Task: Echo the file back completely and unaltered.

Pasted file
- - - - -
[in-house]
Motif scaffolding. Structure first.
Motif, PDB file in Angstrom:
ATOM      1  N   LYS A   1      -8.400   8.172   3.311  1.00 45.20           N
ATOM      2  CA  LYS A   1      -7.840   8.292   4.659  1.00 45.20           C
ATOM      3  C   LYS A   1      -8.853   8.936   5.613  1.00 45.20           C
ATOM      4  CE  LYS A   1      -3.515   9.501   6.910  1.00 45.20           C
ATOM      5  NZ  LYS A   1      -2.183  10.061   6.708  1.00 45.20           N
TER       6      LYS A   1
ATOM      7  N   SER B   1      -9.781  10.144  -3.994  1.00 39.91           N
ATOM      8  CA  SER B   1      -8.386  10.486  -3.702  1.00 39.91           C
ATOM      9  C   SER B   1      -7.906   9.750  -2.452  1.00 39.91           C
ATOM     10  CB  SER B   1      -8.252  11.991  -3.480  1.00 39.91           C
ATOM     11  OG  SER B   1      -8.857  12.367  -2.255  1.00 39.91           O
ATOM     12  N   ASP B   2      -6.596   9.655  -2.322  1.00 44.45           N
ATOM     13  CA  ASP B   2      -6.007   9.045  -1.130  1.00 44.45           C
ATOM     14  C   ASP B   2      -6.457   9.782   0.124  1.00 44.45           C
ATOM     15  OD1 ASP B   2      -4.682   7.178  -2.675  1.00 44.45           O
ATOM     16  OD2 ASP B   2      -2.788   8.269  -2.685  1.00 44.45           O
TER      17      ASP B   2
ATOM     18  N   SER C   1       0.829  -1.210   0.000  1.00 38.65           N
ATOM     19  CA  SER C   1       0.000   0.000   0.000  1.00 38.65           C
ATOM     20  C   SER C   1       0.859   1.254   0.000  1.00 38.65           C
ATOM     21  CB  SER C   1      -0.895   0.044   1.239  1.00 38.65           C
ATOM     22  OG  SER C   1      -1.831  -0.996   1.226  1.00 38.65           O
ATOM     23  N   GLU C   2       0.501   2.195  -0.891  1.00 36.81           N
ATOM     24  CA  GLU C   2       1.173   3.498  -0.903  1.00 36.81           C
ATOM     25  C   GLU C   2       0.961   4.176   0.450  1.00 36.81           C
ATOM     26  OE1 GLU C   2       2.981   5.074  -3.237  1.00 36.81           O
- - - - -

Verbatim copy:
[in-house]
Motif scaffolding. Structure first.
Motif, PDB file in Angstrom:
ATOM      1  N   LYS A   1      -8.400   8.172   3.311  1.00 45.20           N
ATOM      2  CA  LYS A   1      -7.840   8.292   4.659  1.00 45.20           C
ATOM      3  C   LYS A   1      -8.853   8.936   5.613  1.00 45.20           C
ATOM      4  CE  LYS A   1      -3.515   9.501   6.910  1.00 45.20           C
ATOM      5  NZ  LYS A   1      -2.183  10.061   6.708  1.00 45.20           N
TER       6      LYS A   1
ATOM      7  N   SER B   1      -9.781  10.144  -3.994  1.00 39.91           N
ATOM      8  CA  SER B   1      -8.386  10.486  -3.702  1.00 39.91           C
ATOM      9  C   SER B   1      -7.906   9.750  -2.452  1.00 39.91           C
ATOM     10  CB  SER B   1      -8.252  11.991  -3.480  1.00 39.91           C
ATOM     11  OG  SER B   1      -8.857  12.367  -2.255  1.00 39.91           O
ATOM     12  N   ASP B   2      -6.596   9.655  -2.322  1.00 44.45           N
ATOM     13  CA  ASP B   2      -6.007   9.045  -1.130  1.00 44.45           C
ATOM     14  C   ASP B   2      -6.457   9.782   0.124  1.00 44.45           C
ATOM     15  OD1 ASP B   2      -4.682   7.178  -2.675  1.00 44.45           O
ATOM     16  OD2 ASP B   2      -2.788   8.269  -2.685  1.00 44.45           O
TER      17      ASP B   2
ATOM     18  N   SER C   1       0.829  -1.210   0.000  1.00 38.65           N
ATOM     19  CA  SER C   1       0.000   0.000   0.000  1.00 38.65           C
ATOM     20  C   SER C   1       0.859   1.254   0.000  1.00 38.65           C
ATOM     21  CB  SER C   1      -0.895   0.044   1.239  1.00 38.65           C
ATOM     22  OG  SER C   1      -1.831  -0.996   1.226  1.00 38.65           O
ATOM     23  N   GLU C   2       0.501   2.195  -0.891  1.00 36.81           N
ATOM     24  CA  GLU C   2       1.173   3.498  -0.903  1.00 36.81           C
ATOM     25  C   GLU C   2       0.961   4.176   0.450  1.00 36.81           C
ATOM     26  OE1 GLU C   2       2.981   5.074  -3.237  1.00 36.81           O